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  • Writer's pictureKait Dinunzio

Ready for Implementation?

noun: implementation; plural noun: implementations

1.     the process of putting a decision or plan into effect; execution."she was responsible for the implementation of the plan"


Technology has come a long way, and by virtue, we as humans have had to adapt alongside it. Sure, you could opt out, but the idea of advancing your business without technology is a pretty crazy one. With the introduction of the basics such as inventory management systems and point of sale technologies, consumers were given a greater advantage in how they choose to plan and spend their dollars. Fast forward to heavily automated Enterprise Resource Management systems and mobile ordering and payment options and we're treading on entirely new ground! 

Further to those advancements, companies are finding ways to serve customers in even more innovative and time-saving ways. For example, Walmart has recently launched a new service that allows consumers to order groceries online and have a Walmart employee come to their home to put them away! Consumers have to buy a special doorknob (which also comes with a month of free unlimited grocery delivery), and a bonded Walmart employee will come into your home and put your grocery order away. (When I first heard about this, it made me raise an eyebrow... Someone you don't know, handling your groceries and putting them away - how do they know your fridge feng shui?!) 


One thing that rings true in all technology implementations: humans must change. We must adapt and we must be willing to embrace the technology for what it's capable of doing. This is easier said than done! Sure, the benefits may be attractive, but will the technology actually do what it's intended to do? 

A business or operation will always have obstacles or problems to solve .. and sales people are great at what they do - selling stuff. They can easily shine the light on the benefits of a tool and sell a great story of cost savings through efficiency or automation; however, the sales call is just that - a sales call. Knowing what a piece of tech can do out of the box is only a fraction of having a piece of technology implemented looks like. 

Some of the greatest initiatives I've worked on have been some of the most complex and difficult technical solutions to implement, and this is because when a sales call happens, those in charge of signing the purchase order for the solution might not always have a full understanding of the technical/architectural landscape or competing technologies/projects in mind. When leaders don't have a full understanding of the landscape, additional time and cost is added to the scope which lends to frustration across the business, technology and in some cases, field operations where there may be an impact. 

Remember - most companies buying technology are NOT technology companies - this is where the divide between technology teams and the business/operations starts to grow. What is a number one priority to one team or group is much lower on the list for others.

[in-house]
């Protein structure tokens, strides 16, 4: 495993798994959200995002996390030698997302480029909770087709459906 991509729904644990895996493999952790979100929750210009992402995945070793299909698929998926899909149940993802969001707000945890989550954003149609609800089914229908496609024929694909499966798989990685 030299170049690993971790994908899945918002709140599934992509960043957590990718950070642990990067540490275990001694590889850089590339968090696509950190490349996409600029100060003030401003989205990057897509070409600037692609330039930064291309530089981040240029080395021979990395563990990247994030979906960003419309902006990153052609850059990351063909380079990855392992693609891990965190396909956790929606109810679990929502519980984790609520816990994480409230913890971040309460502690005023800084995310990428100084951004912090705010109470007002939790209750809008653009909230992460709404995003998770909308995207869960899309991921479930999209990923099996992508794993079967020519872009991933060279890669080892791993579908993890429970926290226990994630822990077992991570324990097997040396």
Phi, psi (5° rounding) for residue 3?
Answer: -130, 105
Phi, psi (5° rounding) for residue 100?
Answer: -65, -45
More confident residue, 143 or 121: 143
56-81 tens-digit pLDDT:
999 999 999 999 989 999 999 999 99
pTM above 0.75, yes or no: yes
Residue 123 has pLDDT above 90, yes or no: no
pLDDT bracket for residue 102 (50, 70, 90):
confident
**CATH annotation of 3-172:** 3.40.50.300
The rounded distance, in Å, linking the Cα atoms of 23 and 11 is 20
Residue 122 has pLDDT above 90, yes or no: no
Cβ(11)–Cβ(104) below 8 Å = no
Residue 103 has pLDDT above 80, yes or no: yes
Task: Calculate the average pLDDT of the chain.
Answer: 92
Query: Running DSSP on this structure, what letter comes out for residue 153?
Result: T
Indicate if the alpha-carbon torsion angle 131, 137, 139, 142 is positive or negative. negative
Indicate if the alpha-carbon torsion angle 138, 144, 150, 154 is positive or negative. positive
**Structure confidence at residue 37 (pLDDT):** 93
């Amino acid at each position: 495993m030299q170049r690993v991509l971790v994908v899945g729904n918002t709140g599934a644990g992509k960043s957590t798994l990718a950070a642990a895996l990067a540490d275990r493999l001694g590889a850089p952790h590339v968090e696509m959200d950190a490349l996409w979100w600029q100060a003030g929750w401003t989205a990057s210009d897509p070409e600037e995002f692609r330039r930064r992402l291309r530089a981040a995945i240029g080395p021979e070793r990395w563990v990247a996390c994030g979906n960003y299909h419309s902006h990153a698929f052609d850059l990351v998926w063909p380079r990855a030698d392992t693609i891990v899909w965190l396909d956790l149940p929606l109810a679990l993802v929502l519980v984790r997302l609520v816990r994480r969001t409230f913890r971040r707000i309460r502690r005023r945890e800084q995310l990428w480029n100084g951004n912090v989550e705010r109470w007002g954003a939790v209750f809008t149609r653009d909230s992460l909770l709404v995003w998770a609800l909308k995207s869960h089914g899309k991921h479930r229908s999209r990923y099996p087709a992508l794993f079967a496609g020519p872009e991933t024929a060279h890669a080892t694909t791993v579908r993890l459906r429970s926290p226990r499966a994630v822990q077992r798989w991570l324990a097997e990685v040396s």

How can you avoid falling into this situation? 

·       Build relationships and create alignment: Take the time to get to know your Technology teams/partners - understand their goals and objectives and how their goals integrate with yours. 

·       Sales calls: Is there a tool in the company that already does what the solution being pitched can do? Ask questions. Invite your Technology teams/partners to join you. Listen, but don't commit to something you don't fully understand. 

·       Assess requirements: Interested after the sales call? Great! Now a deep dive! We see so many organizations purchase technology and they have no idea if they can implement due to a lack of full understanding of the requirements or how their organization can fully leverage the benefits. Can you meet the basic requirements to make the technology work? Do you need to retire other technologies first? Do you have the right processes in place to enable or support the new solution? 

·       Spend up front: Be realistic - spend the time up front getting to know what you don't know (and fixing any broken or disjointed pieces), so you're not bringing expensive Delivery Teams in to implement a technology that has gaps - this is a BIG opportunity for cost savings on any technology project. 

·       Assess impact: What will implementing this technology mean for your organizational structure or people? Will you be removing roles? Will you need to adjust processes? How long will it take you to be ready to embrace the technology and realize the benefits? There are a lot of questions to consider in this space - check out my article on the importance of a robust Impact Assessment. 

·       Second Mouse: "The early bird gets the worm, the second mouse gets the cheese" - one of my favourite sayings! Use lessons learned from previous implementations, former client implementations of your new Solution Provider, or others in industry that may have been in the same spot as you. What went well? What was difficult? What could have been done earlier or later within the project or implementation process? How did people respond? How did processes need to change? 

Want to discuss your technology implementations or ways to engage your teams during technology changes? Reach out! A call doesn't cost a thing! 


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